This discussion paper assesses the inherent uncertainty of the global natural gas industry, the problematic and seemingly outdated logic of ‘energy dependence’, as well as the spirit in which the recent developments in the Eastern Mediterranean have been used for shortsighted geopolitical gains and a particular vision of ‘peace’. This discussion paper argues that the issue of natural gas is a symptom of the Cyprus Problem, and suggests that attention should be diverted back to the peace process and the compromises necessary for a sustainable solution.

Dr. Serkan Birgel 13 February 2020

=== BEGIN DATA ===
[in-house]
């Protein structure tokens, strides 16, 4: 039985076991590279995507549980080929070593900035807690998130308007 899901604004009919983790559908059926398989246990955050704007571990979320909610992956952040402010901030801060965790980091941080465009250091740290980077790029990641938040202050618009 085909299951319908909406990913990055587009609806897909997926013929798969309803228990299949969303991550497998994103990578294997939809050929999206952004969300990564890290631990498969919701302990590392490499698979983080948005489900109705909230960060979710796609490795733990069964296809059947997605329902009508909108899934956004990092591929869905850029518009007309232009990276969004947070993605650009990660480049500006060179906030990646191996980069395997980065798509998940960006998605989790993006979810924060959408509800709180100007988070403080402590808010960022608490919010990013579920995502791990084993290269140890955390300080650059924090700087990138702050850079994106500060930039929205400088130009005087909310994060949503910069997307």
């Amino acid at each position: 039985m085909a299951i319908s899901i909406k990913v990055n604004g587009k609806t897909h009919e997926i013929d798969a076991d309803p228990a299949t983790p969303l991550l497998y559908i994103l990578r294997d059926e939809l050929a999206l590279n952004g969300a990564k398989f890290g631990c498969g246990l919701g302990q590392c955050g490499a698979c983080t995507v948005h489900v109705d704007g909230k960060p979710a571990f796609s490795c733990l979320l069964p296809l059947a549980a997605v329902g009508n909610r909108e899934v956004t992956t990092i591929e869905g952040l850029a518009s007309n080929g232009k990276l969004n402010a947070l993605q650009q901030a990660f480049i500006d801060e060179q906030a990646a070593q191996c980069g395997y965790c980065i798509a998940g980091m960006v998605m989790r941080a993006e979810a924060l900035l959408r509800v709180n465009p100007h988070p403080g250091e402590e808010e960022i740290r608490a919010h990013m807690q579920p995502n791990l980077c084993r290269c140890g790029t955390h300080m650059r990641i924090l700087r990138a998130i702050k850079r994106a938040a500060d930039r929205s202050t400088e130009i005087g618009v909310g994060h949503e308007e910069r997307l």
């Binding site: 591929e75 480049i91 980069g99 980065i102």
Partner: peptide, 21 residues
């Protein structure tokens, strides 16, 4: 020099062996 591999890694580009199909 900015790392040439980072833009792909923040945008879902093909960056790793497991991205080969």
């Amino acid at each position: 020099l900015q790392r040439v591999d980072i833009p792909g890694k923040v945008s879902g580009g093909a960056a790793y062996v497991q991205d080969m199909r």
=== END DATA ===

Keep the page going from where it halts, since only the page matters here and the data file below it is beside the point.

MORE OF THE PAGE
For decades, U.N-sponsored efforts to enact comprehensive changes to the status-quo in Cyprus have been unsuccessful. Though for the Greek-Cypriots, the issue of natural gas is not to be associated formally with the peace process, the natural gas development process has been inextricably linked to the settlement talks as a so-called “catalyst for peace”. For the Turkish Cypriots, the issue is yet another failed litmus test against their quest for effective political equality, and aversion to being reduced into an impotent minority. This discussion paper assesses the inherent uncertainty of the global natural gas industry, the problematic and seemingly outdated logic of ‘energy dependence’, as well as the spirit in which the recent developments in the Eastern Mediterranean have been used for shortsighted geopolitical gains and a particular vision of ‘peace’. This discussion paper argues that the issue of natural gas is a symptom of the Cyprus Problem, and suggests that attention should be diverted back to the peace process and the compromises necessary for a sustainable solution.

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